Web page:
The Roar
The Roar

Advertisement

Opinion

Network Ten/Paramount+ had better get this right as football in Australia depends on it

Autoplay in... 6 (Cancel)
Up Next No more videos! Playlist is empty -
Replay
Cancel
Next
Expert
25th August, 2021
44
1466 Reads

In just eight days’ time, the Socceroos will take to the pitch against China. It will be the first match in what will hopefully be the final stage of qualifying for Graham Arnold’s men.

Pairs of matches against the Chinese, Vietnam, Oman, Japan and Saudi Arabia will determine whether the Socceroos manage to finish in the top two positions in their group and head off to a fifth consecutive FIFA World Cup.

Anything less than that will condemn us all to another emotionally exhausting play-off that threatens to either rip hearts from chests or see the nation punching the air in triumph.

Frankly, I’m not sure I can go through another.

Football Australia’s most influential financial partner Viacom CBS and newest best friends Network Ten and the Paramount+ app, will be involved in the entire process for the first time, as the current holders of the rights to the most significant Australian football content.

Like hundreds of thousands of football fans around the country (hopefully), I have downloaded the Paramount+ app, paid some hard earned towards a subscription and now wait in anticipation for some content to appear over the coming weeks.

Upon registering, the first search I did was something of a simplistic one, as I typed the word ‘football’ into the bar.

I was somewhat miffed when a screen as vacant as a Pauline Hanson brain scan appeared before me and I realised that any expectation of an immediate and explosive new start for the game on Paramount+ was perhaps a little misguided.

Despite employing my best journo sniffing tactics, all I currently know is that Robbie Slater will not be a part of the new broadcasting team, the potential employment of Simon Hill remains a constant topic of discussion and that when the bright and sparkly new app first appeared on my device, there was and remains to be, absolutely no football in sight.

Advertisement

More positively we have received the news that as the Socceroos enter a crucial phase of qualification, Network Ten will indeed be broadcasting the upcoming September matches live.

Who calls the action remains a mystery, whether some sort of studio panel will preview, intro and review the game is uncertain and questions around the availability of a stream on the Paramount+ application appear to have been emphatically addressed.

A tweet from the official Paramount+ twitter account on August 23rd stated quite categorically that, “We’ll be streaming all the action of the Socceroos here on Paramount+”.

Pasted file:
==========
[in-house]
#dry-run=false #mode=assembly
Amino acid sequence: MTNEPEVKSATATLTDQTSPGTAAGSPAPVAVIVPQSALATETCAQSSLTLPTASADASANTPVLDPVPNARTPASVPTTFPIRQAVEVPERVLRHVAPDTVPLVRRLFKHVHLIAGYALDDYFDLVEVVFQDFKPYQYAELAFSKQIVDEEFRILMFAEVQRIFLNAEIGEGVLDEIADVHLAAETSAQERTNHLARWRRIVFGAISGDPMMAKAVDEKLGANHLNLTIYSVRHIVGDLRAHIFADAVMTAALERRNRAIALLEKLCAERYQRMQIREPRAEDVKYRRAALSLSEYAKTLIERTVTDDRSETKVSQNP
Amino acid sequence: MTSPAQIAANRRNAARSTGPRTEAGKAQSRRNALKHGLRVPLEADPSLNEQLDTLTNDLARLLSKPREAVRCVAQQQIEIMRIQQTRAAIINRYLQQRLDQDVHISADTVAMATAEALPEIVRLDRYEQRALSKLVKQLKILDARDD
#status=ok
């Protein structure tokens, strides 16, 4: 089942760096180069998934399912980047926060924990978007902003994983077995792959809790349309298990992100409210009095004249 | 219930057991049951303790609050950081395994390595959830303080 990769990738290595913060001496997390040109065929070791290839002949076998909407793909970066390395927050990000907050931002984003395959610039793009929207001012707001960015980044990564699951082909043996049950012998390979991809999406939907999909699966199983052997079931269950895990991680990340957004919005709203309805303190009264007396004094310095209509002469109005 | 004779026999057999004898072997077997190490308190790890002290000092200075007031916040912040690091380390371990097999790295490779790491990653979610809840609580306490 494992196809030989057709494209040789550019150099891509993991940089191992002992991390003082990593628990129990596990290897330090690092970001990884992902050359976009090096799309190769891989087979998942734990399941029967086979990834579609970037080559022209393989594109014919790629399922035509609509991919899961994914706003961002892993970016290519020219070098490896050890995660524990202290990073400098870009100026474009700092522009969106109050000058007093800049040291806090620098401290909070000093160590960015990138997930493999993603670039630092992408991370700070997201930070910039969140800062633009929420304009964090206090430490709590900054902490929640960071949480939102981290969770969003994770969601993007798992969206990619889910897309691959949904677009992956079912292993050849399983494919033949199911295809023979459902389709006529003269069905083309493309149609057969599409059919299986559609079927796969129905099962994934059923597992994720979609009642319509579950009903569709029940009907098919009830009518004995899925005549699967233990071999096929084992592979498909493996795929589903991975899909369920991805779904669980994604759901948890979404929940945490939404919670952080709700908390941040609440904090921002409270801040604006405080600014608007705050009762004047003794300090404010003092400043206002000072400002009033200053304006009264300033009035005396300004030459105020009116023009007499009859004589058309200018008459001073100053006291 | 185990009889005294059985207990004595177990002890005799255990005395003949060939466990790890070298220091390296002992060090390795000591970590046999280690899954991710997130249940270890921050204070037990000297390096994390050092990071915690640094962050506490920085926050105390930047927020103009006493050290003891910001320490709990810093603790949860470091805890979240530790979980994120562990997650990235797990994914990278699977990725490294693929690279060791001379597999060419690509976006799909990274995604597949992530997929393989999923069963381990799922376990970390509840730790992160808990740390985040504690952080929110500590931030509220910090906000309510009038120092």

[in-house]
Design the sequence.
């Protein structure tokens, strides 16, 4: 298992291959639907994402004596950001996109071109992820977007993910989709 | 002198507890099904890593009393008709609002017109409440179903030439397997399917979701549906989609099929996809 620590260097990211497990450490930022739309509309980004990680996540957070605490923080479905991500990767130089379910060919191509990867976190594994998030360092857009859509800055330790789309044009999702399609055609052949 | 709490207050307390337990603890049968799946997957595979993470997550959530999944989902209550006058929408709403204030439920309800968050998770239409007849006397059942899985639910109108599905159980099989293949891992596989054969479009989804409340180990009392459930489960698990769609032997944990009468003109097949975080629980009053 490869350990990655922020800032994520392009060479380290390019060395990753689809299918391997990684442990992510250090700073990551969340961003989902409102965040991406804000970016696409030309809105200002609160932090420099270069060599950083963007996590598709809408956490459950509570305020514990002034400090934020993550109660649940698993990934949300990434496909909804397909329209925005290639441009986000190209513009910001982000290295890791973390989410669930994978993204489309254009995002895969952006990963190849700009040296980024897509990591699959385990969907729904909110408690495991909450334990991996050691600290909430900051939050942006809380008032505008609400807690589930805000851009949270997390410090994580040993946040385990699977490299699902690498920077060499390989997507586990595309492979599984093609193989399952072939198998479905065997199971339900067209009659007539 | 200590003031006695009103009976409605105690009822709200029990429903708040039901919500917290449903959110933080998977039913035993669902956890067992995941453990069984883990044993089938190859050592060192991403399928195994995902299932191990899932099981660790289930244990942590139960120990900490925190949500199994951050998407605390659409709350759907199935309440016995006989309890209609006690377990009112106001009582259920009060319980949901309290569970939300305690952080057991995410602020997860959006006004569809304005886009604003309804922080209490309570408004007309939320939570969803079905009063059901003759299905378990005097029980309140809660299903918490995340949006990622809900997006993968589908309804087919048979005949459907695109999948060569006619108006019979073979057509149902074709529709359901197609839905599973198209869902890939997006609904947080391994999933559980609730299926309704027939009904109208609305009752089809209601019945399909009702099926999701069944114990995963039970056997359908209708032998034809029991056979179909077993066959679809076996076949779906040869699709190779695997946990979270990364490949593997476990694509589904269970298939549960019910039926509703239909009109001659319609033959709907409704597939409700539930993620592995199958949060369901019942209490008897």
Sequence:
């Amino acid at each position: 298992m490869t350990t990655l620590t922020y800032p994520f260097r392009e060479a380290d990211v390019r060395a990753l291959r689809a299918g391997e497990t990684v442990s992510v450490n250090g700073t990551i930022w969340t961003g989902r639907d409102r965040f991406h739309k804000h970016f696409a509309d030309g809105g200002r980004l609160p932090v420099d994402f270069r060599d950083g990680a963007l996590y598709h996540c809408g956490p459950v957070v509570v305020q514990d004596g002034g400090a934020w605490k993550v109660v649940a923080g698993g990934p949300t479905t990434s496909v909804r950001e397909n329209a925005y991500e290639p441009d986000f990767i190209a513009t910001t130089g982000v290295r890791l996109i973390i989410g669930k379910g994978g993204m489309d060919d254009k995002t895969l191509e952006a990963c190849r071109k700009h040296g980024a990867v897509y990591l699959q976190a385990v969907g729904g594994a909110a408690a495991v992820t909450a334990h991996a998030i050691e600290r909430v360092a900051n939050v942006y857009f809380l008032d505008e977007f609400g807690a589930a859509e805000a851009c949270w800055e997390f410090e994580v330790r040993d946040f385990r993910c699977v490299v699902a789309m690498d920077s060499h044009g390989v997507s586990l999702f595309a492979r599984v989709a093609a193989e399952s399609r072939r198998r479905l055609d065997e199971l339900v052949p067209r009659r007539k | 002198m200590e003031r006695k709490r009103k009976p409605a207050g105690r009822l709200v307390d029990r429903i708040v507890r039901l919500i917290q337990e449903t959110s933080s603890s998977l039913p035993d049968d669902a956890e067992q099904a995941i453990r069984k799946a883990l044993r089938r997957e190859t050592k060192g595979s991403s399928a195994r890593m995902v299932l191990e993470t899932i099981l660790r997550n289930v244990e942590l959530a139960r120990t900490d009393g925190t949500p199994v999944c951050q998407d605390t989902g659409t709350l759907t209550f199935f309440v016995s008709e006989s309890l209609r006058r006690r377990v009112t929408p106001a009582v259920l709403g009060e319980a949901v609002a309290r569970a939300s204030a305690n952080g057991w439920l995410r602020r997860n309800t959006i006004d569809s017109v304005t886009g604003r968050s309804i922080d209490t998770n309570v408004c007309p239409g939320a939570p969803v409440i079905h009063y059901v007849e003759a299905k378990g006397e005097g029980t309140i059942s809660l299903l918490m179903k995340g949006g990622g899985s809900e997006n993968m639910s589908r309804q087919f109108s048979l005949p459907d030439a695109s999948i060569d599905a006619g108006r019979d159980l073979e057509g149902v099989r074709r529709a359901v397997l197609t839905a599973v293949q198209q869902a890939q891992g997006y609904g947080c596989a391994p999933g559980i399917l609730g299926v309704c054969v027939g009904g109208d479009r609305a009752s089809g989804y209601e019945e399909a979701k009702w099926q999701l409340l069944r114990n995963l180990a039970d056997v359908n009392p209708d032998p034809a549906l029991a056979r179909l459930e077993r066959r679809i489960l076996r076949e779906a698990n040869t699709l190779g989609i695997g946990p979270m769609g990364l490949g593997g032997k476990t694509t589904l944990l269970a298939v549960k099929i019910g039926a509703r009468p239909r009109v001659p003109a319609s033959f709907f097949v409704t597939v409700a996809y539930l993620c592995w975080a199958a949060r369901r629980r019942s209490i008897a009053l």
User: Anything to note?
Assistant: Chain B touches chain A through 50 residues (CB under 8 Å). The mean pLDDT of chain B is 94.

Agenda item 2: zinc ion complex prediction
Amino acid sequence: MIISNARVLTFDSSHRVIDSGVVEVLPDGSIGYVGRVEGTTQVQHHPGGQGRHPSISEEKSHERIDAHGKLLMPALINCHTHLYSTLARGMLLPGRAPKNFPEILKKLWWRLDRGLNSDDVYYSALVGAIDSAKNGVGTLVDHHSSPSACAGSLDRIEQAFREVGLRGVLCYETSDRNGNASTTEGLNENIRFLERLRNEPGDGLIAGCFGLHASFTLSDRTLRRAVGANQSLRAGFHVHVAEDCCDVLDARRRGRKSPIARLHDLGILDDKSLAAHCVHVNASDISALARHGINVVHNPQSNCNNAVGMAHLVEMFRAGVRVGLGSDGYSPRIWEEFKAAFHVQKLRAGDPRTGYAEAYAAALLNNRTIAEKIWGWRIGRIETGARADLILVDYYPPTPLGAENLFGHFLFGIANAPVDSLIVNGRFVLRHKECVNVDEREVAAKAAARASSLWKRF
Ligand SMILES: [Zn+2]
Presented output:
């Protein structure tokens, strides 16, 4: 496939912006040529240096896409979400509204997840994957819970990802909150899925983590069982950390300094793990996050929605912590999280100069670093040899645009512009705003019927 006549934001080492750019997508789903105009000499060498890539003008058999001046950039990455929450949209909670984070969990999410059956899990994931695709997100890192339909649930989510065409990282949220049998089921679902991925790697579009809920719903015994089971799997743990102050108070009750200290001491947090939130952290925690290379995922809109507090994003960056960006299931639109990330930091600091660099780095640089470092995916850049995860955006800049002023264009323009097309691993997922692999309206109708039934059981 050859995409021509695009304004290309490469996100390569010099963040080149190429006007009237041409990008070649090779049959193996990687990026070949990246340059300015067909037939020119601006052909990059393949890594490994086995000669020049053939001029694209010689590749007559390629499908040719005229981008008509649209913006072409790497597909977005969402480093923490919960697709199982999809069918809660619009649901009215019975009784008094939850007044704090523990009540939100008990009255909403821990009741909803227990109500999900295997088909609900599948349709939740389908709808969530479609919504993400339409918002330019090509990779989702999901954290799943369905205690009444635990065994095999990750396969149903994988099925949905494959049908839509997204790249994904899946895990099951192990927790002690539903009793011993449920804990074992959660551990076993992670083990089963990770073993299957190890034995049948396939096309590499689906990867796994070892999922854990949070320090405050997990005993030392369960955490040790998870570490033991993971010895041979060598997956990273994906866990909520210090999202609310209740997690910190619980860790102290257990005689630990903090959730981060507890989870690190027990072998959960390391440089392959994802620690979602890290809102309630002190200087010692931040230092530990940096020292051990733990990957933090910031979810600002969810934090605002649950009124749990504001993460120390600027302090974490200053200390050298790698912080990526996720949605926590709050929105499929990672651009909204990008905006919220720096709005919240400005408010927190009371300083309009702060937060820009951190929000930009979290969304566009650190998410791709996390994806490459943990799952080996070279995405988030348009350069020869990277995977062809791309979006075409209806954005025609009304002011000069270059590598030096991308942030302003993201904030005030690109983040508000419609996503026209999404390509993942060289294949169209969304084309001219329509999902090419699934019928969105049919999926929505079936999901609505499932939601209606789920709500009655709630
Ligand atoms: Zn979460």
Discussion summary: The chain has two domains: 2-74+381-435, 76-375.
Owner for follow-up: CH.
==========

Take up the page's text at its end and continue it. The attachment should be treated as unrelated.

Wahoo I hear you exclaim – and rightly so.

However, one could have expected the platform to have drip fed some information in regards to its currently non-existent sports coverage in the weeks leading into the matches, especially considering the financial investment they have made in the Australian game.

Advertisement
Socceroos

(Photo by Francois Nel/Getty Images)

We all have the app. We are sitting here waiting to use it. Desperate to use it in fact and knowing full well that as commercial television continues to wane in a sea of streaming services that threaten to increase the financial entertainment outlay for families to a point of no return, it is indeed the way of the present and future.

Football Australia has done well to secure a pro-active partner – one aware of the value and necessity of streaming services and the reality that it will be the way most Australians watch sport, news and entertainment in the future.

While it is easy to repeat such a notion and call on the newspaper buying, commercial television watching and talkback radio listening crowd to catch up, move on and join the modern world, Paramount+ still needs to produce something of quality.

Sports opinion delivered daily 

   

Advertisement

Naively thinking that the new way in which football will be viewed in Australia is a fait accompli in terms of success will do neither the fans nor broadcaster any favours and sadly, a lack of promotion as we loom ever closer to the Socceroos’ opening fixture against the Chinese reeks very much of the frustrations of the past.

We are all hoping that the new broadcaster will rise to the challenge and knock both Australian football and the fans socks off with its fresh product. However, there is little evidence to suggest that is the case at this point in time.

Come September 2nd when the Socceroos take on China, we may well have our answer. Let’s hope we are all grinning ear to ear watching the Paramount+ app and/or Network Ten.

Heaven knows, Australian football needs it.

close